Blasphemy Day 1


Did you know that 30th September was Blasphemy Day? Well it was.

So what was it all about? It is the day when individuals and groups are encouraged to openly express their criticism of, or even disdain for religion, and was founded in 2009 by the Center for Inquiry.

Did the media pick it up? Yep …

Does it really matter? Yes it does.

The point we’re trying to make is that we’re against restrictions on speech based purely on the possibility that some people might be offended, because if you go down that path there’s no end to it.” – Ronald Lindsay, president and CEO of the Center for Inquiry

Here are my examples of Blasphemy

Are you ready now? (WARNING: If you just happen to be religious, you better stop reading now. If you continue to read, then you face the risk of encountering some rather extreme examples of Blasphemy). OK, here we go …

  • Jesus is not God, he was just an ordinary human and did not perform the claimed supernatural miracles.
  • Muhammad is not a prophet.
  • Allah is just a myth

Did I hear you say, “Gosh, that’s all rather tame”. Well yes, but it is also Blasphemy and would earn you a death sentence is some countries. Well come on now, did you expect me to salt it up with words such as “fuck” and “piss”? Some do, but doing so only underlines the impact.

What is truly insane is that there are anti-blasphemy laws throughout the world. In many parts of Europe and North America they have been overturned, although there are still anti-blasphemy laws in Austria, Denmark, Finland, Greece, Italy, Liechtenstein, Iceland, the Netherlands and San Marino. Then on top of all that there are also “religious insult” laws in 21 European nations.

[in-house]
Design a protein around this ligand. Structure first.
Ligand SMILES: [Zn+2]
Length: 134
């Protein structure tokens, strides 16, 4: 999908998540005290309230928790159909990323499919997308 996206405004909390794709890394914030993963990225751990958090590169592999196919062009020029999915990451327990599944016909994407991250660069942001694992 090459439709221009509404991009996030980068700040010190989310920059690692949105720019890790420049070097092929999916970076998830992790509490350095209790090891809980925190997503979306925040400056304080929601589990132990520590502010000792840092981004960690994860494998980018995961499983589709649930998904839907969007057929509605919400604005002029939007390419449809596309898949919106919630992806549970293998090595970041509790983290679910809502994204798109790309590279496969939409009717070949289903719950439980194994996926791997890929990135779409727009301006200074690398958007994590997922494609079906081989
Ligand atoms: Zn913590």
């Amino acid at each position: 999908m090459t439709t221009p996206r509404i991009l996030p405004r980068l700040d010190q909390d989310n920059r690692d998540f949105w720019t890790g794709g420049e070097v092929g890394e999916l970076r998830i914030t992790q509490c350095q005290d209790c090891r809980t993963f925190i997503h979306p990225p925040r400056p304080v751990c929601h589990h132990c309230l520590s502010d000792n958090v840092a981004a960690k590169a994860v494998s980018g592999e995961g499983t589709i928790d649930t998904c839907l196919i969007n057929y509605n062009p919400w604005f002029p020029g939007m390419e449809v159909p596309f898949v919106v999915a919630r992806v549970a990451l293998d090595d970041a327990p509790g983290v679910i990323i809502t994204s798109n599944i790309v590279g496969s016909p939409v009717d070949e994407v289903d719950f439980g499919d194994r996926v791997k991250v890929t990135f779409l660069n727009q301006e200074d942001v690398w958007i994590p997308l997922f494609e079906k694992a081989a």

What makes all this completely batty is that from the viewpoint of almost every religious belief, every other single variation of religious belief (or non-belief) is blasphemy, so how the heck can you enforce it without locking everybody up.

Finland has been the setting for a number of noteworthy blasphemy trials in the first decade of the 21st century. The Finnish linguist, political blogger Helsinki City Councellor and subsequent member of parliament Jussi Halla-aho was charged with “disturbing religious worship” because of internet posts in which he called Muhammad a pedophile, Halla-aho was fined €330. That is utterly insane because it is factually correct, the founder of Islam married a 9 year old. That, by our modern standards, makes him a pedophile (are they going to fine me now for stating a well documented fact). Believers claim him to be special and beyond criticism … why? We need to be free to throw a spotlight upon utterly insane beliefs and be free to criticise where appropriate.

People have rights, ideas don’t. Freedom of speech is a fundamental human right. In stark contrast, nobody has the right to not be offended. If we are indeed to be protected from being offended, then where is my right not to be offended when folks claim that the scribblings from a 7th century pedophile is of supernatural origin.

Should we really care? Yes we should. In some countries today, blasphemy is punishable by death, such as in Afghanistan, Pakistan and Saudi Arabia, so unless you believe exactly what they believe and are prepared not to criticise their insane beliefs – you die.

Do you honestly think we should tolerate that?


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One thought on “Blasphemy Day

  • Patrick Gatt

    There are also blasphemy laws in Malta, and we had fines and convictions up to this very year (luckily nothing even remotely close to a death sentence though).